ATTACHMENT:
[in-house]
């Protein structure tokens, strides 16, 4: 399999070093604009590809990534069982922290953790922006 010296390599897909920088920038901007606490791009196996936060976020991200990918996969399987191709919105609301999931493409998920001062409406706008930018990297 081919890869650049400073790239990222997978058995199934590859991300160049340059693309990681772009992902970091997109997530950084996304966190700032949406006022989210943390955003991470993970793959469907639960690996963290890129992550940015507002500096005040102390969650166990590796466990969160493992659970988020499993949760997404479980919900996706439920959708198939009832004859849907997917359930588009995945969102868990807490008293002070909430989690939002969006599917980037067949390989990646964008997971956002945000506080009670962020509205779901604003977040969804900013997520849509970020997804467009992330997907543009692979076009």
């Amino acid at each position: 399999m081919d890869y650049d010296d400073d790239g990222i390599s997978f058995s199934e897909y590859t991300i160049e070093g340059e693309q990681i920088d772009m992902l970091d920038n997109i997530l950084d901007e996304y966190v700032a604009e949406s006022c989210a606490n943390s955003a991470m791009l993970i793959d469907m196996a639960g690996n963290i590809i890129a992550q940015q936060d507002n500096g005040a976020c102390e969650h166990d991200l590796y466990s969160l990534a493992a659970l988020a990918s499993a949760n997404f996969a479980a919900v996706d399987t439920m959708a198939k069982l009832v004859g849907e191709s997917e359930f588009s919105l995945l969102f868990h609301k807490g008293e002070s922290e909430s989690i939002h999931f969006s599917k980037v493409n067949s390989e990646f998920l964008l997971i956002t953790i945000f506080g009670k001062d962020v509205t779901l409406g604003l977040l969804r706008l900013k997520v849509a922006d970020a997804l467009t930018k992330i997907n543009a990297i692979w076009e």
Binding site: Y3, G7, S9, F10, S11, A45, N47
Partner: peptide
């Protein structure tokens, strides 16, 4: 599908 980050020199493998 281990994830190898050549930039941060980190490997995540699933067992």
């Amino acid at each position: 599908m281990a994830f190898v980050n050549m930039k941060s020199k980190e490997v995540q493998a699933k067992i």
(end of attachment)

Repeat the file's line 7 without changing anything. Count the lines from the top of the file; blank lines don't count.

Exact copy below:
């Amino acid at each position: 599908m281990a994830f190898v980050n050549m930039k941060s020199k980190e490997v995540q493998a699933k067992i």